State must cap high interest rates on loans | Letters to the Editor
About 25 years ago, I learned that a person I know had taken out a $2,000 personal loan with an annual interest rate of several hundred percent.
I was shocked to learn that usury is allowed in New Mexico. This person had good intentions of repaying the loan, but often could only make partial payments due to the large amount owed per scheduled payment.
This, unfortunately, did not reduce their loan balance and amounted to giving free money to the lender for a seemingly perpetual loan.
In this case, I was able to help the borrower. The excessive lending rate in New Mexico has been discussed by our legislature for many years now with little action to correct it.
It’s time for them to do the right thing for the disadvantaged people in our communities who need their help. Please pass House Bill 132 this year and cap the interest rate.
Teatro Paraguas, the little theater with a big heart, organized a remarkable theatrical event on the last weekend of January.
State Senator Bill O’Neill wrote a one-act play, save the beeswhich spanned three jam-packed performances, followed by a discussion with the actors and the two state senators who inspired the play – O’Neill represents Albuquerque (city) and Cliff Pirtle, Roswell (rural) — and the play forcefully painted the political divisions plaguing us all in 21st century America.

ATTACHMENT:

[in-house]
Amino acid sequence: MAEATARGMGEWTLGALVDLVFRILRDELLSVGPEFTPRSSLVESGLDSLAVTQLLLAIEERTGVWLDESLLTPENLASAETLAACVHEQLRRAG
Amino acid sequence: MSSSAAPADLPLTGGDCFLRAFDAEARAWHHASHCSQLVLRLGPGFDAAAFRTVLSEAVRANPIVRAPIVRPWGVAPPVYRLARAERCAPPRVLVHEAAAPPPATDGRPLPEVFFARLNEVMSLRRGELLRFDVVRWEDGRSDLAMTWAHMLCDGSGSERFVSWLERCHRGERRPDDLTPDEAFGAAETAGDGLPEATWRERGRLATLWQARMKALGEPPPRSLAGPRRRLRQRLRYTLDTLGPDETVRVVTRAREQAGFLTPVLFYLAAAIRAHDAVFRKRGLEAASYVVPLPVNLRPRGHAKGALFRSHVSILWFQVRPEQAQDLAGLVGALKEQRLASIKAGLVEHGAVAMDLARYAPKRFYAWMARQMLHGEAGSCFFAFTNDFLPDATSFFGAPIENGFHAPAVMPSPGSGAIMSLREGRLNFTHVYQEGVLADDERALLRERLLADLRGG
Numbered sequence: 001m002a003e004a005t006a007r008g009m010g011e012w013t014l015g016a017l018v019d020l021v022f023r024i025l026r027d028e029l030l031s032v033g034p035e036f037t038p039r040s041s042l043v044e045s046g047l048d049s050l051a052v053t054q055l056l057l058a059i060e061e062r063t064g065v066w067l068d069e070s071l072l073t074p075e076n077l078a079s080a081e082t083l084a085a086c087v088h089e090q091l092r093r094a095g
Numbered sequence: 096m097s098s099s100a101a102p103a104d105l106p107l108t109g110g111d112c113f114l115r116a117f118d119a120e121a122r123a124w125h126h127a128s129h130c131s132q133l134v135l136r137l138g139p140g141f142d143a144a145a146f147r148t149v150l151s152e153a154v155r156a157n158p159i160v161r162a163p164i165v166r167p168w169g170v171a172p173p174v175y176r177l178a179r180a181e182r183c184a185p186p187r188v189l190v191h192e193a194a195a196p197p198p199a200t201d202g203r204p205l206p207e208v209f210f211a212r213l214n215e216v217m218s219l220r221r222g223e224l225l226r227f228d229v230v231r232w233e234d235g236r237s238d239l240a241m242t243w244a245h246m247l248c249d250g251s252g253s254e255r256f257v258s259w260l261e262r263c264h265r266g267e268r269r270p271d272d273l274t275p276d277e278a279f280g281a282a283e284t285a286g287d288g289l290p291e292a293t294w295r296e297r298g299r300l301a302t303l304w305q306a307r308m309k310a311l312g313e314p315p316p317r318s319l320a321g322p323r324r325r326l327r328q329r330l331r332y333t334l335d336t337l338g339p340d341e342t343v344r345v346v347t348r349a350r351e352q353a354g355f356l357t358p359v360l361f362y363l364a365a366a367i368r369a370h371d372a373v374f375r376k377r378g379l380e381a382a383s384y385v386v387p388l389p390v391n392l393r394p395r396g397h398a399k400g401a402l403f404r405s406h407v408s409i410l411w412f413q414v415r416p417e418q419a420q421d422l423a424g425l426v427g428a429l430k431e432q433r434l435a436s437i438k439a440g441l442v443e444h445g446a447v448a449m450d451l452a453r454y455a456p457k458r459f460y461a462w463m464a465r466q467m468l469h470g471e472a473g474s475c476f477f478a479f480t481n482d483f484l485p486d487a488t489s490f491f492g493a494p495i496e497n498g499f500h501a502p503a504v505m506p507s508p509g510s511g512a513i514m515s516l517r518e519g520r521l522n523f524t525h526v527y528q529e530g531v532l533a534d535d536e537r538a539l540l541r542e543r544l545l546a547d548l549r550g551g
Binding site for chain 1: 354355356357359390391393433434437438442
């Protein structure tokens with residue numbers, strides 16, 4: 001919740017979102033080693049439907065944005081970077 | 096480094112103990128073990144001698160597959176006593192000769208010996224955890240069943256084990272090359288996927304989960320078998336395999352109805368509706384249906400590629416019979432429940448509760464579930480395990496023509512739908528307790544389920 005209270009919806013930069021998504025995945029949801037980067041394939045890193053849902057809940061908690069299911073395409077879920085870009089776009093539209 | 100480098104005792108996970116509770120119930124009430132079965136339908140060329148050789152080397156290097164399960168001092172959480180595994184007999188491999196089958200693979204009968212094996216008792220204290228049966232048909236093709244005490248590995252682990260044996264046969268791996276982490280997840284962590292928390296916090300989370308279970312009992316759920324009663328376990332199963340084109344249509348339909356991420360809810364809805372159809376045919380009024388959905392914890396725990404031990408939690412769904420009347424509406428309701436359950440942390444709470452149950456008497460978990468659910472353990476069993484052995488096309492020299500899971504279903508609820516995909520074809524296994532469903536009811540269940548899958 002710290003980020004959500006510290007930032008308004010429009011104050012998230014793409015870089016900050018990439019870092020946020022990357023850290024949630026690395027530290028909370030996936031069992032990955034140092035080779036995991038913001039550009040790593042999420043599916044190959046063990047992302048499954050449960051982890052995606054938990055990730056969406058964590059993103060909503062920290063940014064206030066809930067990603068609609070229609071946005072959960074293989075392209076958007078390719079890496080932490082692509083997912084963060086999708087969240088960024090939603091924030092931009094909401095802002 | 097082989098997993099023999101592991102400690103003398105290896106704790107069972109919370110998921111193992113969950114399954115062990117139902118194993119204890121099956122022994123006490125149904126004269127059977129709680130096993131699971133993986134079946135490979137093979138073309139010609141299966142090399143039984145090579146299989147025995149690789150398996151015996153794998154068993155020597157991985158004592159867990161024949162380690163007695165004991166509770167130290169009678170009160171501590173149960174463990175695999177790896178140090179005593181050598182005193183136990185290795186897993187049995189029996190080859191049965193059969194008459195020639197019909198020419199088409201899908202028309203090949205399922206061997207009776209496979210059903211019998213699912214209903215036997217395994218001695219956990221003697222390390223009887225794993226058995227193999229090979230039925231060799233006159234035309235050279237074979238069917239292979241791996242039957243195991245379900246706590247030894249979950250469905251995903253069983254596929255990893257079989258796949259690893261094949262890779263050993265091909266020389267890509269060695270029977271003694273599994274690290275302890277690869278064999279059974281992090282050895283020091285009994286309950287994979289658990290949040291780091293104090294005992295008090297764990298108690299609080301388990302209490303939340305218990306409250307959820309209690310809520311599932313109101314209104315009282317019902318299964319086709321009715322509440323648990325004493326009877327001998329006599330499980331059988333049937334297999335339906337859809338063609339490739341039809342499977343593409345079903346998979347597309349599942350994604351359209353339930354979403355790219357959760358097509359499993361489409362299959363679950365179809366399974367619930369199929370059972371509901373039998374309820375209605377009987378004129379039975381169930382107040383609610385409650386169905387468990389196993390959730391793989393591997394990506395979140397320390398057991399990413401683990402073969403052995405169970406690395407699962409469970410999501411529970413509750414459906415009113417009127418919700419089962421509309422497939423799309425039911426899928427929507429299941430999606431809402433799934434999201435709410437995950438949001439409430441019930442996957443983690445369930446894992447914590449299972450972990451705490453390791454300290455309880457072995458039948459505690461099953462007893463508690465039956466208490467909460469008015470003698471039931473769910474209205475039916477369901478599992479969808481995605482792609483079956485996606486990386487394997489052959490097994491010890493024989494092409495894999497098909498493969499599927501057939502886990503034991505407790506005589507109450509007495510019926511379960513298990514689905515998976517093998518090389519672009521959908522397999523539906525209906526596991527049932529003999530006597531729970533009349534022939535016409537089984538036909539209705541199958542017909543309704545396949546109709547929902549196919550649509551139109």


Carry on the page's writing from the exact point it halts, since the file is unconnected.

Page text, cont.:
Compliments to everyone involved, director, cast, crew and the two senators (who took part in the discussions every night).
It was the first night to give me hope that our political divisions might just be healed.
The public later agreed that New Mexico would benefit from a statewide tour, to remind us as Americans of what we share without being “patriotic” on one side or the other. .
It was worth noting that the house was only standing when the omicron still scared most of us – masked, of course.
Republican State Rep. Rod Montoya’s My View article (Jan. 30, “Progressive Values Attempt to Divide Us”) suggests that the hyperpartisan political divide that infects state and national politics is a bad thing.
But how does he bridge that gap by presenting it as a contest between white progressives and Latinos, as if no one with Latino heritage holds progressive views? How does it help to adopt the schoolyard taunt of conservative Republicans who refer to the Democratic Party as the “Democratic Party” and then complain about the use of the term “LatinX”?
Fortunately, there are more considered approaches to the depressing and seemingly intractable partisan divide. Congratulations to Senator Bill O’Neill, a Democrat from Albuquerque, whose one-act play, save the beesreveals real-life friendships and a search for commonality between urban and rural lawmakers, Democrats and Republicans.
And kudos to Senator Cliff Pirtle, a Republican from Roswell, whose relationship with O’Neill helped inspire the play, which was recently read on stage at Teatro Paraguas. Pirtle graciously answered questions from the audience after the play, displaying a wry sense of humor about the frustrations of being a member of the minority party in the Legislative Assembly.
What the piece suggested to me was that there is hope for the idealistic notion that, despite plenty of evidence to the contrary, we really are all in this together.